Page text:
Tuesday, November 30, 2010

The Hunger Games

So how did this middle-aged bald guy end up getting riveted by a trilogy of young-adult science fiction novels?

In recent weeks, Z has been proclaiming the virtues of author Suzanne Collins' The Hunger Games trilogy. Eventually, Julie picked up the books and has been moving through them at a ridiculously rapid pace. (Staying up until 4am over Thanksgiving break is one way to make that happen. Right, Julie!?) I guess all of this excitement has proven contagious, and here I now am, getting close to wrapping up the second book.

As proof that "We don't see things as they are, we see them as we are," I find myself ascribing some perhaps unusual meanings to the pages that I'm turning. (As this isn't a review I'm writing here, you can check out any number of websites to get yourself up to speed, if interested.)

On the heels of our visit this summer to the area of China that borders North Korea and my reading of Barbara Demick's outstanding Nothing to Envy, I seem to be connecting a lot of what is going on in The Hunger Games to a certain impoverished and oppressed nation.

There is a capital city that is gleaming and modern when compared to the rest of the country. A city where hovercrafts fly, residents cover their bodies with outlandish painted designs, and the meals are feasts straight out of Willy Wonka's imagination. A city where no one is allowed to live or even visit, unless they have been hand-selected for the honor. (That's actually the way it is in Pyongyang, by the way. The parts about opulence and restricted movement. No signs of hovercrafts...yet.)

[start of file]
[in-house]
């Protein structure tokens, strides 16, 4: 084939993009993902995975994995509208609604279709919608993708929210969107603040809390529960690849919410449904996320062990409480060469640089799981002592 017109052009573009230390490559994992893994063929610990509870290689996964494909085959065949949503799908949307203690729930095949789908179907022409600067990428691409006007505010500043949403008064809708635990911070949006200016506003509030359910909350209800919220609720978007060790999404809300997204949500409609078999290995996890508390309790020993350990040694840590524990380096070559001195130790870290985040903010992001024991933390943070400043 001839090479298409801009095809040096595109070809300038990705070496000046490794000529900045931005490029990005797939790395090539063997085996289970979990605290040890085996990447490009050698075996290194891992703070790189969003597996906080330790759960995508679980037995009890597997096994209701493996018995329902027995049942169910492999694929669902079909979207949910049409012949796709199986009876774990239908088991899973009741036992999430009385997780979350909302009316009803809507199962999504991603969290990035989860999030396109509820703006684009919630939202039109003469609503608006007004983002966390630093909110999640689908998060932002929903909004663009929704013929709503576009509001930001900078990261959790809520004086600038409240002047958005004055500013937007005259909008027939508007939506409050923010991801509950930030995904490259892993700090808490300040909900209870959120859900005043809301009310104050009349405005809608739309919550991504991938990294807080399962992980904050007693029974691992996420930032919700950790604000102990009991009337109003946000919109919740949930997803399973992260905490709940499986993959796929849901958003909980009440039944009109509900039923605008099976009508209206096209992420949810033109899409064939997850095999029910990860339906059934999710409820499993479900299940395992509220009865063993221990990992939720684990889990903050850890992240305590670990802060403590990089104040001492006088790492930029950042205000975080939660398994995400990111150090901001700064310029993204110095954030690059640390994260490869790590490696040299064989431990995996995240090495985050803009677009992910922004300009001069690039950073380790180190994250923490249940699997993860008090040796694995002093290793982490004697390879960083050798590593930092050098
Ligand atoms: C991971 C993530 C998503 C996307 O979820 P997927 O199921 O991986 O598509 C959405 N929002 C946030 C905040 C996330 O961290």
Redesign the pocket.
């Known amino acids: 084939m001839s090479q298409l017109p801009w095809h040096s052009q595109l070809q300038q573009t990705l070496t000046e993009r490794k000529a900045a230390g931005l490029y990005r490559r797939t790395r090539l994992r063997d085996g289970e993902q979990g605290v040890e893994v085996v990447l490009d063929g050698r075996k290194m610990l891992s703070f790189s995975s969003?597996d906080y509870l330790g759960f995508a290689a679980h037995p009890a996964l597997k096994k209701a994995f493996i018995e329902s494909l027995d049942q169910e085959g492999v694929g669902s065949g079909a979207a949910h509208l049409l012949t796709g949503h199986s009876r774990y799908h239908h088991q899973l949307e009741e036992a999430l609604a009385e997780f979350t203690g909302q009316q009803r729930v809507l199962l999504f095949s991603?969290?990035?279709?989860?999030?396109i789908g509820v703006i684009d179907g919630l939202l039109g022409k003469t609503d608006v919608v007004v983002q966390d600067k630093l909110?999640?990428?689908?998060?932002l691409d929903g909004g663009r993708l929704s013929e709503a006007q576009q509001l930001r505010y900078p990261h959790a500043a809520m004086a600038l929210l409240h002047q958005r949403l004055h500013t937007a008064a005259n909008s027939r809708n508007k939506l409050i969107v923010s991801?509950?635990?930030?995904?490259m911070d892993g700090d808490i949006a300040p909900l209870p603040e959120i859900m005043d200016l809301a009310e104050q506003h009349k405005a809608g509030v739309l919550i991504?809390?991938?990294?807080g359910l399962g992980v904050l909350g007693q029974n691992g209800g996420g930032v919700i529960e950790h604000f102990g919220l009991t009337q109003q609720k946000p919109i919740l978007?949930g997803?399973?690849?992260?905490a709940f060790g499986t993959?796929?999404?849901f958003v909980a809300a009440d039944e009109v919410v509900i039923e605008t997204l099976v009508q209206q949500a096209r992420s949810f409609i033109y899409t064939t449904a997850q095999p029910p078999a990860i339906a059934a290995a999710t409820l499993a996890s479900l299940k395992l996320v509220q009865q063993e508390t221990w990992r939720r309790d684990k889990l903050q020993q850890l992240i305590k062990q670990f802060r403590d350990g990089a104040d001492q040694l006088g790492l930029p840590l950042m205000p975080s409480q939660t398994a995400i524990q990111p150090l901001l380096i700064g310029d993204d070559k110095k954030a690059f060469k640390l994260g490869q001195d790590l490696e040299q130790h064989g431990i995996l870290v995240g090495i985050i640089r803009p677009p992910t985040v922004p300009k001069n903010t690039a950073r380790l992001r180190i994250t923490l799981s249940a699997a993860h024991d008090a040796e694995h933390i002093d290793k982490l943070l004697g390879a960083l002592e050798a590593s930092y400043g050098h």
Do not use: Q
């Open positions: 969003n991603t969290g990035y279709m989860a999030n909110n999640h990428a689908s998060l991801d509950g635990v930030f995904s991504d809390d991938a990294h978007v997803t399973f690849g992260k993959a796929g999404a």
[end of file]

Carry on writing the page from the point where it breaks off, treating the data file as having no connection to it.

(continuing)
There are outlying provinces where people starve to death, or eat the bark off of trees in an effort to ward off the pangs of hunger. (North Korea has lost perhaps ten percent of its population to malnutrition over the past two decades. And because of the stunting of the growth of an entire generation, the military has lowered its minimum height requirements.)

There are electricity blackouts. And news blackouts, with the state totally controlling and manipulating what gets onto the airwaves and what gets censored. (There is no Internet in North Korea. And north of the Line of Demarcation is essentially all black when photographed from the sky at night.)

There is the absolute authority of the leadership and strict chain of command that enforces law and order right down to the smallest of community dwellings. (Family members sometimes serve as snitches against one another in Kim Jong-il's North Korea.)

The Hunger Games really are gripping books that I'm finding hard to put down. And I'm really finding it hard to get those little glimpses into North Korea out of my mind...

~Steve

2 Comments:

At 6:34 PM, Blogger Leslie said...

I heard Suzanne Collins speak at the National Book Festival in September and I've wanted to read the books ever since. Unfortunately, I also heard another author, Diana Gabaldon, speak and I started with her books. Her books are 1500 pages long and there's 7 of them so far... They're excellent, and I'm on the 6th one, but Hunger Games won't make it until 2011. It might be the first book I buy on our brand new Kindle though! I got one for Chris for Christmas. We haven't opened it yet. Now I'm excited!

 
At 9:24 AM, Blogger The Balla Family said...

I'm betting you'll enjoy the Collins books!

 

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